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Top Sirloin Butt


KLwood
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No, this isnt the title of the latest Bravo reality series, at least lets hope not.

Rather its a cut of meat that my neighbor mistakenly grabbed at Sams Club without looking at the label, thinking it was a brisket. The label reads " Beef Prime, Whole Top Butt, Cov. "

and I can see how he mistook it for a small, very lean Brisket , I worked out a 'swap meat' :laugh: with him and said piece of USDA prime beef is now sitting in my fridge awaiting attention..

I hate to admit that I had never heard of 'Top Butt' and couldnt find it in the 'Critter Map' appendix of 'Im just Here for the Food' or my copy of The New Professional Chef and a google recipe search only turned up a variation on top sirloin... Any Thoughts ? It had a USDA Prime sticker and seems to be fine grained, and nicely marbled,

Should this be braised or would I be better off with a dry cooking method simlar to the Alton Brown standing rib roast technique ? ( salt & pepper rub, oven roast @ 200F until aprox 120F internal temp, then a 500F oven sear to develop a crust and bring internal temp to med Rare)

gallery_51252_4867_185976.jpg

Given the relatively flat shape, Im wondering about the A.B. technique though

Any help or is really appreciated.

*edited to add butt shot

Edited by KLwood (log)

" No, Starvin' Marvin ! Thats MY turkey pot pie "

- Cartman

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If it is a whole top butt then it should be broken down into its component parts. To do this you should start with the fat side down. Remove the surface silver skin on the top. Once this is done you will find that you can break it down almost by pulling it apart with the help of a knife. The bottom part will be a triangular piece of fairly well marbled meat with the fat attached. Using the knife the meat can be peeled back and separated from the fat. There will be silver skin on the surface away from the fat that should be removed.The resulting piece can be cooked as a roast or cut into steaks. The same is true for the other two portion that can be divided into two leaner roasts by separating them following the silver skin between them. They make flavorful steaks, roasts or skewer meat.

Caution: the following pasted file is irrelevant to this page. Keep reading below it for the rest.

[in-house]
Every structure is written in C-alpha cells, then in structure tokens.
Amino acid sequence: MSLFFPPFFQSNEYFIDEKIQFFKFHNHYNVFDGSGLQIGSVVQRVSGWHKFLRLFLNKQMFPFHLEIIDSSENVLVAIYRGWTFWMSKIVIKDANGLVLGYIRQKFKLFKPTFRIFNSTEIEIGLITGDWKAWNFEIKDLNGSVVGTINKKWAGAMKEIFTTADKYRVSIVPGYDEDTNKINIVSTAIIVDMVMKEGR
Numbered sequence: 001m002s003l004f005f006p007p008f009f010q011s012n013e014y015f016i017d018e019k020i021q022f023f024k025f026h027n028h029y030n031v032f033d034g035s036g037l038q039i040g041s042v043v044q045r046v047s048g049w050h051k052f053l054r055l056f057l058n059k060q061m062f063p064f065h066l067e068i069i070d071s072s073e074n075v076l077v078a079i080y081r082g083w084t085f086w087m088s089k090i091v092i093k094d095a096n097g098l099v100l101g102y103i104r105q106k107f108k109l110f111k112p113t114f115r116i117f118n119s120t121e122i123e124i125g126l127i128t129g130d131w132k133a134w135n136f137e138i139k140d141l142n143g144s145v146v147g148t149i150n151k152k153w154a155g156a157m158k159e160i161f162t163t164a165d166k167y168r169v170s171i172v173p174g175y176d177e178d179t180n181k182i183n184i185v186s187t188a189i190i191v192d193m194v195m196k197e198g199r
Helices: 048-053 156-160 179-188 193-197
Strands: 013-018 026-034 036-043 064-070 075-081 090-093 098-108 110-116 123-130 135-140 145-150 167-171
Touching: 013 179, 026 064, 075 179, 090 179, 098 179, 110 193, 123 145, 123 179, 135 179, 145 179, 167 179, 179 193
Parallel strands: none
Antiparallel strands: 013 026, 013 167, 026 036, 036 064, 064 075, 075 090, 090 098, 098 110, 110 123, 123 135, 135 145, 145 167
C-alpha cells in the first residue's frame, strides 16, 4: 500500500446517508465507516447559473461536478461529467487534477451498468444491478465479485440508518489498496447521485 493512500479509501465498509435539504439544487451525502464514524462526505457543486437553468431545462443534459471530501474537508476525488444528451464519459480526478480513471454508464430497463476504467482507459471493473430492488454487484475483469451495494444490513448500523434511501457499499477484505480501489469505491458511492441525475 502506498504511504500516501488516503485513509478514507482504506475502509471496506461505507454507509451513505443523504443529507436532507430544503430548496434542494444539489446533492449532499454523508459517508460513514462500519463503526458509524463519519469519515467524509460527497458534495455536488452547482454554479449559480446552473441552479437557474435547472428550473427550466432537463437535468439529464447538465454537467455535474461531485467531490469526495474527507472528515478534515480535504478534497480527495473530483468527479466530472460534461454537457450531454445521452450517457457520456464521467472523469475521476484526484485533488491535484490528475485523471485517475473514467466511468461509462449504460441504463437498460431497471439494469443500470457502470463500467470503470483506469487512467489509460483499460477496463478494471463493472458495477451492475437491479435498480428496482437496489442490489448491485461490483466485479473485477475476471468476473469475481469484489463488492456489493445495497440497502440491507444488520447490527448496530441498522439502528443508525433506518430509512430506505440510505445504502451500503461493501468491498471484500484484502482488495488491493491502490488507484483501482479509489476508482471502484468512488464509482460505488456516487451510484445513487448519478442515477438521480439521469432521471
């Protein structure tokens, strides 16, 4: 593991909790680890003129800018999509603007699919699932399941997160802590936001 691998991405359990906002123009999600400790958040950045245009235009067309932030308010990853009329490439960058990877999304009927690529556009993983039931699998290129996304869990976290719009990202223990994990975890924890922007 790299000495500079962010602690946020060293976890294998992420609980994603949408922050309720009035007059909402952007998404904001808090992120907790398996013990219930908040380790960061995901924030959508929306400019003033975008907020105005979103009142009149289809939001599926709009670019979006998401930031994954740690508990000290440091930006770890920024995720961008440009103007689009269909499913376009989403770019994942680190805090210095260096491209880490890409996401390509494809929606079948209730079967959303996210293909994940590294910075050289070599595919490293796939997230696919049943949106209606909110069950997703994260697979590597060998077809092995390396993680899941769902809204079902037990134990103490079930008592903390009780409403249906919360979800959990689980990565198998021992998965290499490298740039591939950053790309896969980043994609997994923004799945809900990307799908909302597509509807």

HC

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The butt part of an animal is the shoulder, on a cow the shoulder is usually called the chuck rather than butt. I would hazard a guess it's another name for a top shoulder blade roast (which you usually find as steaks rather than a whole roast). Cuts from the top shoulder can be marinated well then grilled or broiled (if not too thick), or as with any part of the chuck you can braise it.

I personally would not dry roast it, unless you marinated it overnight, because of the risk of toughness with that part of the animal.

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It's not shoulder/chuck. It's sirloin:

http://www.beeffoodservice.com/Cuts/Info.aspx?Code=42

It doesn't look like it needs to be broken down further. In the photo it looks like you've got the top muscle of the Top Sirloin Butt sub-primal. Nice marbling.

It can be cut across the grain into steaks, which is what usually happens to this cut in restaurants. If you do this, it'll be slightly chewier than strip loin or rib eye.

You could braise it but that would be a waste; there are cheaper cuts that are better for braising. I'd roast it. You could use the AB prime rib technique, but I like to sear first, then go to 225-250F oven. That way you won't have to wonder how much the temperature will rise during the final sear - because you won't need to do one. If you're worried about getting too much cooking between the sear and the time the oven drops to 250F, just pull the roast out and leave the oven door open for a minute (or pan sear, then go straight to 250F oven).

Hong Kong Dave

O que nao mata engorda.

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So a pork butt is the shoulder but a beef butt is from the sirloin (basically 2/3 of the way down the animal from the shoulder)? Wow, could the powers that be try to confuse people any more than they already do with multiple names for the same cuts of meat!!! :angry:

Sorry for my hazarding a wrong guess based on thinking pork butt would be equivalent to beef butt. Yikes!

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  • 1 month later...

There's a recent thread on this cut of beef here: http://forums.egullet.org/index.php?showtopic=104771

If you click on the link in my post in that thread (here it is again: http://www.beeffoodservice.com/Cuts/Info.aspx?Code=42 ) it shows you how to turn it into sirloin steaks, and when you scroll down it also has a bunch of menu suggestions and recipes.

Hong Kong Dave

O que nao mata engorda.

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